I judge my life - Part 1 - Making a start

Has it been worthwhile—your life, I mean?

I will answer with a story.

Long ago, I watched a girl eating in the school cafeteria. Everyday, I watched her. She would raise each forkful high, turning it this way and that, savoring the fragrance, watching the steam rise; then, finally, she would take a bite. At 5’11” and 150 pounds, I regarded eating as a nuisance, and I was charmed by her love for her food; that and her gentle face, brown eyes, shy demeanor, and shapely body. The year was 1971, and we were students at Mississippi College.

A few months later, my roommate, Lynn, introduced me to his newest girl, and it was her, Peggy. I asked Lynn if he minded me asking Peggy out, and he said no. Later, to her, he said, “Turn him down.” Maybe she would have dated me anyway.

Three dates later, school was out. While I was getting graduated at Jackson’s Civic Auditorium, Peggy was next door at the Greyhound Station waiting for a bus back to San Antonio. I also left town that afternoon.

I didn’t much care about Canada, but another student lived in the Canadian Rockies, and I was riding home with him just for the hell of it. I anticipated hitchhiking back to Mississippi almost as soon as we got to Edmonton. On our second day out, we stopped in Trinidad, Colorado, former home of Doc Holliday and present home of my half-sister’s husband’s father. Just enough of a connection for a free night’s lodging. When the lime-green Canadian Gremlin left the next morning, I wasn’t in it. I was on my way to San Antonio to surprise Peggy. We had been apart two whole days. My host worried that the Colorado cops would hassle me, so he drove me just over the border into New Mexico. I stepped out of his car at 7:00 a.m., and figured I would call Peggy if I made it to San Antonio before midnight. Otherwise, I would sleep on the ground.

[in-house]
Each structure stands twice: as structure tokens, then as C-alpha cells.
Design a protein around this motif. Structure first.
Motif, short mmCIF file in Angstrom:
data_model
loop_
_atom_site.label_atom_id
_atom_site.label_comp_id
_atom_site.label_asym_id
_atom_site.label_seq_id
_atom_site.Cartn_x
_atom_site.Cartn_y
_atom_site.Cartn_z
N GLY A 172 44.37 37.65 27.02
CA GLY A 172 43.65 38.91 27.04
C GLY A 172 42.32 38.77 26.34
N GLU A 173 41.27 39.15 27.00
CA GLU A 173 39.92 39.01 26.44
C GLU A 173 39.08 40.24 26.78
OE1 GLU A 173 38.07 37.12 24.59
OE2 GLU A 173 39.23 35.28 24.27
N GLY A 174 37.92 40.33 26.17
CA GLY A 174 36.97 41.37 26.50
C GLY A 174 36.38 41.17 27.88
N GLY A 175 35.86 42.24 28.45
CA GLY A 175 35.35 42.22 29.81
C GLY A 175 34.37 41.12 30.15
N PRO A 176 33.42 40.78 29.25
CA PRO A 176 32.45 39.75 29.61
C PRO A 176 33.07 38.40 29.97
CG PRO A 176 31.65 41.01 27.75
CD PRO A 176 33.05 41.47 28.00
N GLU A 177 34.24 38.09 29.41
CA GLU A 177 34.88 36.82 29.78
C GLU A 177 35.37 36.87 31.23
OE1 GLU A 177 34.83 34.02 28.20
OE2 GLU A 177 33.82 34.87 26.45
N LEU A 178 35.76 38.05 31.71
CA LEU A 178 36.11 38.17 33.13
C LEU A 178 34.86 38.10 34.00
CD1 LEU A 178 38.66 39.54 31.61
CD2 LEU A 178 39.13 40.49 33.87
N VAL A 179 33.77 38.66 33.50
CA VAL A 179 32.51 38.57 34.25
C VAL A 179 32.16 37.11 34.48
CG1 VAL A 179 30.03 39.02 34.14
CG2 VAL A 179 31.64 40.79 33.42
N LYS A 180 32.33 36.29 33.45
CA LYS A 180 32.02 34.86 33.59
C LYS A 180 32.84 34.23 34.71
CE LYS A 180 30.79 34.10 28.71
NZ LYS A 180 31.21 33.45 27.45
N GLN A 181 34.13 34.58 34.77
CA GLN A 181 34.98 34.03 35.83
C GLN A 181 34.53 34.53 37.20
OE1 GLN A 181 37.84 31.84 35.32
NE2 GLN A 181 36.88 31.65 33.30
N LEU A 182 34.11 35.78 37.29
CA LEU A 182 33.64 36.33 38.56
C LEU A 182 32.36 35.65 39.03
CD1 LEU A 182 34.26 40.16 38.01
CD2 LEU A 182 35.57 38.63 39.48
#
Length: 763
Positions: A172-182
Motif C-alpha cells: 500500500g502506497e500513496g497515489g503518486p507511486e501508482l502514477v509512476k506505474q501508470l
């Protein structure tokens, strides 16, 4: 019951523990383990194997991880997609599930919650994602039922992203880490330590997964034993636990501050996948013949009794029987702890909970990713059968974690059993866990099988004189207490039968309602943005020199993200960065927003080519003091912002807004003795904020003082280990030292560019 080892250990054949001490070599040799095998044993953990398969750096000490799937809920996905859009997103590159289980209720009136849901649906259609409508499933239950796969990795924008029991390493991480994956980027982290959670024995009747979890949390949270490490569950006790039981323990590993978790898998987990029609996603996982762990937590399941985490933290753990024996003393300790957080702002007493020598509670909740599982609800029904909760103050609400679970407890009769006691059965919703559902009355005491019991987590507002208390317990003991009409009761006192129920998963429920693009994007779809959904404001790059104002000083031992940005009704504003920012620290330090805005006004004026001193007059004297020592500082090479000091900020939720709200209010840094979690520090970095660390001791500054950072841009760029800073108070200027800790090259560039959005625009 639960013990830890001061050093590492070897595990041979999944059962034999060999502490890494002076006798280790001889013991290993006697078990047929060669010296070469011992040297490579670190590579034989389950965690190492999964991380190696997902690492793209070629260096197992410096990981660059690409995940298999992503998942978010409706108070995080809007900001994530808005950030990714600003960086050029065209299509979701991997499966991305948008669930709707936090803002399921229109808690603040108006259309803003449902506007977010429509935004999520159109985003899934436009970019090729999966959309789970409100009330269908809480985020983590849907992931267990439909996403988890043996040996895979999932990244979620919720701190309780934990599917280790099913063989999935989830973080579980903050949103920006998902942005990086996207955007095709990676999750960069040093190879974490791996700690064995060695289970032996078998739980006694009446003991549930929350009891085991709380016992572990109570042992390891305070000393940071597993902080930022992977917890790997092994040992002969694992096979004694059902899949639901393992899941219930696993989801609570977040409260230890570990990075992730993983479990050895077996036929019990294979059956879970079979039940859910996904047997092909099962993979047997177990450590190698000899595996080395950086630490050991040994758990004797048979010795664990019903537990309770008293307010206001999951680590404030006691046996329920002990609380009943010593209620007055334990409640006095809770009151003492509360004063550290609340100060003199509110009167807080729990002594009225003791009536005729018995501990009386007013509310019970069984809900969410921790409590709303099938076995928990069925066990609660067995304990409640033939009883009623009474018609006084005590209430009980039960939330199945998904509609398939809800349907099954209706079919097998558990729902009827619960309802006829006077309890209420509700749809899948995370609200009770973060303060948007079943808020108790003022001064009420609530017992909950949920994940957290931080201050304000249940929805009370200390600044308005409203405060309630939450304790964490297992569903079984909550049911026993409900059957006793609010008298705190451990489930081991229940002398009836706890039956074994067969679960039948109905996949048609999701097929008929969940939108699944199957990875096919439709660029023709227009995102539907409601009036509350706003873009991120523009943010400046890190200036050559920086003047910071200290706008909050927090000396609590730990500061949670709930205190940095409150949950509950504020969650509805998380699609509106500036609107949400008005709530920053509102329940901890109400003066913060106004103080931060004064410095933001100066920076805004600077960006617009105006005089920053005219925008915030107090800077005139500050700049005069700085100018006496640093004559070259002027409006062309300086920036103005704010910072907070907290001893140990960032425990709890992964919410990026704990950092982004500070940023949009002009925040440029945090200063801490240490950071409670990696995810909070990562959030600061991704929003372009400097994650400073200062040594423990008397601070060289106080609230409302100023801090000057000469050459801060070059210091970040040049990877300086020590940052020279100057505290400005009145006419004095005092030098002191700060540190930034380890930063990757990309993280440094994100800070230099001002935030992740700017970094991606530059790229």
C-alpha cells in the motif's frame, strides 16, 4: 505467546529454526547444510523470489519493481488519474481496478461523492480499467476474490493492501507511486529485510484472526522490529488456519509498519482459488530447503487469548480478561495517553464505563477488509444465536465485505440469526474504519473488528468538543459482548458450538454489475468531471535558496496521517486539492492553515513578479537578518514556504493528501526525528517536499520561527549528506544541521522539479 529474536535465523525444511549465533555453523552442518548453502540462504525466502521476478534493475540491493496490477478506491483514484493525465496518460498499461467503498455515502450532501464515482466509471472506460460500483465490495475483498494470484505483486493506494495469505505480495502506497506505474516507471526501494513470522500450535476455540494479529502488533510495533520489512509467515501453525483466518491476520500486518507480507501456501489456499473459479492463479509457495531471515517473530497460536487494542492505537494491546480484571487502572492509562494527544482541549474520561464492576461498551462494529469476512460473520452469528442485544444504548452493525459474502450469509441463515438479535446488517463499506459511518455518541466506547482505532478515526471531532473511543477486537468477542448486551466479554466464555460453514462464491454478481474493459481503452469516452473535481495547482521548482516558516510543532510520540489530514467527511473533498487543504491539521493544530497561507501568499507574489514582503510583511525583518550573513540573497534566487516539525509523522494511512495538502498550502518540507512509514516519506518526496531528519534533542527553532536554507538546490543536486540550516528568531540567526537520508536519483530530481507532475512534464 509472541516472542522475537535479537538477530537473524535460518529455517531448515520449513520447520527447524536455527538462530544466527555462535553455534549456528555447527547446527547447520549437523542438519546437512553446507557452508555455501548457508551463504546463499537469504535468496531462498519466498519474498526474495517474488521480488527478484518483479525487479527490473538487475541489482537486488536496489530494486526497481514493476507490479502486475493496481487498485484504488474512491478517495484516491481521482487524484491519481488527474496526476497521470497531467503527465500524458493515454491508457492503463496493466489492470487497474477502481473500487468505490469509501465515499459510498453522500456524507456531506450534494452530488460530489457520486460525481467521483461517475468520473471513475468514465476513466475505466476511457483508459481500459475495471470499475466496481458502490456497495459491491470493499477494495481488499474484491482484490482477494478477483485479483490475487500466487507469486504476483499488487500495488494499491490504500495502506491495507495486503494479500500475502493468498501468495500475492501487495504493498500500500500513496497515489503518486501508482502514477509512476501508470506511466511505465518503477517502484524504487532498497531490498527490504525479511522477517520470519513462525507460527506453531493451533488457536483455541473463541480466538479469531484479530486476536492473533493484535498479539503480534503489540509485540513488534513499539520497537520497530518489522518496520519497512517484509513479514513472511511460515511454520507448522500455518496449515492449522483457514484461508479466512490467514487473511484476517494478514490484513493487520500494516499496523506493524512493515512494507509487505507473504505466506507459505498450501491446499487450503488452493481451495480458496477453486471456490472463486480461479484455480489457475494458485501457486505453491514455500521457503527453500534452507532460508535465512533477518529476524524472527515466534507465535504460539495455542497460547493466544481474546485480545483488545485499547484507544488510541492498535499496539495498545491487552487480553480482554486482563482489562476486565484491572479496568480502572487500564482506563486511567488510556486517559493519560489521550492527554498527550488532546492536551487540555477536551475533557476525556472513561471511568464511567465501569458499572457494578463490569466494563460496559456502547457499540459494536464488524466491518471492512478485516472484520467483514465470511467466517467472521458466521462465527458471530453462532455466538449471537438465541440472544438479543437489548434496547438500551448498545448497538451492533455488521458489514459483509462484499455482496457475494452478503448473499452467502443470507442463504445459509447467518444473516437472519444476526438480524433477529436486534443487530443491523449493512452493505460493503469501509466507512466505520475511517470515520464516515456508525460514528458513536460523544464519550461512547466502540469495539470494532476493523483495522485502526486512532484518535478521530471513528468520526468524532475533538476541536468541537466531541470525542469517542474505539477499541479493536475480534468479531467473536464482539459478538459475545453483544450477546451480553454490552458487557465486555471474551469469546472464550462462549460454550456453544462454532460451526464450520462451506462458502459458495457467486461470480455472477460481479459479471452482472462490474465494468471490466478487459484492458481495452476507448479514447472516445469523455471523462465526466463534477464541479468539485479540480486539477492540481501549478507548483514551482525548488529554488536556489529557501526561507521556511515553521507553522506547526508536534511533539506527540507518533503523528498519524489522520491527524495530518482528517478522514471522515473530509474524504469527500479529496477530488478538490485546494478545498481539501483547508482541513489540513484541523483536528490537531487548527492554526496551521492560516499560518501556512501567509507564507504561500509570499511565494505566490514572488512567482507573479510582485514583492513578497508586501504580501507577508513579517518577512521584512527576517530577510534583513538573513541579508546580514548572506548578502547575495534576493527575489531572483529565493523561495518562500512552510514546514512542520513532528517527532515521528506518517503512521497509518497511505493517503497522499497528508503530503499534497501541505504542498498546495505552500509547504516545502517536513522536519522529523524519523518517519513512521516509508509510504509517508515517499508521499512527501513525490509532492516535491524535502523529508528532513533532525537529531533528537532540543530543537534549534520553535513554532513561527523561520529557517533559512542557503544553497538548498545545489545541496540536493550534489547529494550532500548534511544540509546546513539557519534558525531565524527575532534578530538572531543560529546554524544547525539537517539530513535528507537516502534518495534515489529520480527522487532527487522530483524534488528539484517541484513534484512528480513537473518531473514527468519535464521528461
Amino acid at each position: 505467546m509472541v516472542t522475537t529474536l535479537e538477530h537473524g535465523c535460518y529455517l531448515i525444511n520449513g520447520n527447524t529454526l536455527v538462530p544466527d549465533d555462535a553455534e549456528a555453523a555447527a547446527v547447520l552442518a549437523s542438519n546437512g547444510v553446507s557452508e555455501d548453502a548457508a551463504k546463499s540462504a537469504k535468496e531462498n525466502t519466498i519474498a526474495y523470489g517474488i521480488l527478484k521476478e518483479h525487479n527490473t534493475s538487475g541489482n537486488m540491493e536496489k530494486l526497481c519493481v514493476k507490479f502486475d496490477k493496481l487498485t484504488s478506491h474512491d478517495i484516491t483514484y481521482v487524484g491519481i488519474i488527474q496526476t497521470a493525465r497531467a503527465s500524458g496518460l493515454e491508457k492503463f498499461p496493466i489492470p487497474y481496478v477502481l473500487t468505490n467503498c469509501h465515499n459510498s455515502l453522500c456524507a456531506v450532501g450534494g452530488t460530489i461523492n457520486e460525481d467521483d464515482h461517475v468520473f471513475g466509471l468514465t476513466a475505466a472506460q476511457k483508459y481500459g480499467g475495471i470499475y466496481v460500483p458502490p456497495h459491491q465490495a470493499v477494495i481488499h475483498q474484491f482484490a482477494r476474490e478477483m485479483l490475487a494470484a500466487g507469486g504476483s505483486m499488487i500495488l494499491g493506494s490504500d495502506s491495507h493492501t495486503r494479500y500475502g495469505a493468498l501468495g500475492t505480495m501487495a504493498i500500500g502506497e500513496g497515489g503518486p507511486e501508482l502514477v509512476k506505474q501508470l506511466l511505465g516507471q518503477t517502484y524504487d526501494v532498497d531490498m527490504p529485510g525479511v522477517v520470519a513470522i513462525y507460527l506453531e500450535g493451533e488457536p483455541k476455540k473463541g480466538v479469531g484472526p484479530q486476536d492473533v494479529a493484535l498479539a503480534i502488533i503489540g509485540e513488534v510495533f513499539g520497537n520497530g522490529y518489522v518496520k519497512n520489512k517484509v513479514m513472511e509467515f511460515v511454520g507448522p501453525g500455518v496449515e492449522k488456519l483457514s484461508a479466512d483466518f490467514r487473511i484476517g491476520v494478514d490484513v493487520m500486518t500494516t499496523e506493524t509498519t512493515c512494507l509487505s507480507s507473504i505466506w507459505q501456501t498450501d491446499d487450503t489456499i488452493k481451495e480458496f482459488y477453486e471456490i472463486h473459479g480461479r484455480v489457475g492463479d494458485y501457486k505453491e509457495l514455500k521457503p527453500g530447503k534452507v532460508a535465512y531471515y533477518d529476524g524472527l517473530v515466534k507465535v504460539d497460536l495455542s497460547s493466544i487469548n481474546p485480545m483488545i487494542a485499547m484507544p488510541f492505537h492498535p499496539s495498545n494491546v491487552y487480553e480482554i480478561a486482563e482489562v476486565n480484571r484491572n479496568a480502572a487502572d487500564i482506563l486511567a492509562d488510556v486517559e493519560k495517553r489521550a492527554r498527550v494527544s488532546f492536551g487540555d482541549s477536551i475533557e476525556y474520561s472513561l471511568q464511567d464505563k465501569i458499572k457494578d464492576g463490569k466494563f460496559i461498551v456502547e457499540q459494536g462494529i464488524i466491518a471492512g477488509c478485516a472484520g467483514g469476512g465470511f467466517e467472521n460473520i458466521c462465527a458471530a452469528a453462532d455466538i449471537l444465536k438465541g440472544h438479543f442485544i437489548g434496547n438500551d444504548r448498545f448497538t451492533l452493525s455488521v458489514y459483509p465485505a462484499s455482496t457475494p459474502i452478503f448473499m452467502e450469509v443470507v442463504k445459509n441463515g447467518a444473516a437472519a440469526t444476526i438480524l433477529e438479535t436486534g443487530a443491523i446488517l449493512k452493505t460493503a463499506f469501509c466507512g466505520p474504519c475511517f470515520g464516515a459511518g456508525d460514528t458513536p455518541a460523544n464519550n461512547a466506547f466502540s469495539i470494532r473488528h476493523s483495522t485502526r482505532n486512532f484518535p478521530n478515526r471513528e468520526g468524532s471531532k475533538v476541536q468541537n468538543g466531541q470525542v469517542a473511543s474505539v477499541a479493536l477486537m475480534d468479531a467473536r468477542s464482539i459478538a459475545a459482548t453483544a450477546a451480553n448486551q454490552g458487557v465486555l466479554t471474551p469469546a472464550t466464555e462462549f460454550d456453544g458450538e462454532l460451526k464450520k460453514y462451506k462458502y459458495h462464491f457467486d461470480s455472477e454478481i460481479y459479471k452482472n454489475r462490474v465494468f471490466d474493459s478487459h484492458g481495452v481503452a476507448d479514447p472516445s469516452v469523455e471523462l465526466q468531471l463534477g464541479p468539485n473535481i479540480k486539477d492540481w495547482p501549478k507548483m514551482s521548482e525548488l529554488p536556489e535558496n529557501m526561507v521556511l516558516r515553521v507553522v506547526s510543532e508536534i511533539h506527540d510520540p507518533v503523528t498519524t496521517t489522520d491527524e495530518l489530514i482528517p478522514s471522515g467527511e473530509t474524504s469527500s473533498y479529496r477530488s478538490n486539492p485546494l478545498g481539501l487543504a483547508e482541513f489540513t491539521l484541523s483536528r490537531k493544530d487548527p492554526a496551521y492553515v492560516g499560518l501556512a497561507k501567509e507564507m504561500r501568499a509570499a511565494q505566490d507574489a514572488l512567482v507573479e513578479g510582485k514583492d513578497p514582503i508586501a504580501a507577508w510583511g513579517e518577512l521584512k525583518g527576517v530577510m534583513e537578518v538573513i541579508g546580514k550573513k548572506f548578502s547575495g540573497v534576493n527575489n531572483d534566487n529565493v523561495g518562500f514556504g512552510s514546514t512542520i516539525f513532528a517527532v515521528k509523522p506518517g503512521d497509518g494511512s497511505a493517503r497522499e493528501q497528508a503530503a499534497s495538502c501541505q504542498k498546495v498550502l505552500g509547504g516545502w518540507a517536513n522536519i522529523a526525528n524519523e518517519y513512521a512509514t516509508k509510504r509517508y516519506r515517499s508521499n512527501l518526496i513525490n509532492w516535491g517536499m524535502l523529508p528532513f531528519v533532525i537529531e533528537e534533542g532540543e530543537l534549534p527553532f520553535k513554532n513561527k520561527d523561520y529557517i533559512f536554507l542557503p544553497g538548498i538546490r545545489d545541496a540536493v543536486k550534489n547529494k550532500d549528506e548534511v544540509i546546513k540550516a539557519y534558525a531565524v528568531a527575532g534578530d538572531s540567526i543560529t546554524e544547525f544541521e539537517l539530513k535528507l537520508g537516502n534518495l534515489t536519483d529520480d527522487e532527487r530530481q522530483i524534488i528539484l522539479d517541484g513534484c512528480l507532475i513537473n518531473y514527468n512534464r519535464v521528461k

I called at 11:55. Her father answered. He had been asleep. He didn’t know who the hell I was, so I figured it would be a bad time to tell him that I had come to marry his daughter. My last ride had been with an encyclopedia salesman, and when Peggy and her father pulled into the truck stop, the salesman was dutifully trying to sell me a set of encyclopedias, using his car hood as a table on which to display his wares.

Peggy’s parents moved her 13-year-old sister into another room, and gave me her bed. Pam woke up the next morning, and wondered why she wasn’t in her own bed. When she found me there, she screamed. I nearly screamed too. After Peggy accepted my proposal, I said I would ask her father for her hand. No way, Peggy said. She didn’t want to spring it on him until I was long gone.

We were married on December 19, four months after we met. I wanted to do it sooner, but weddings take time, or so I was told. Father Hale—that would be Episcopal Father Hale—warned us that he had never performed a wedding during Advent that lasted.

Did you ever have any qualms about marrying so quickly?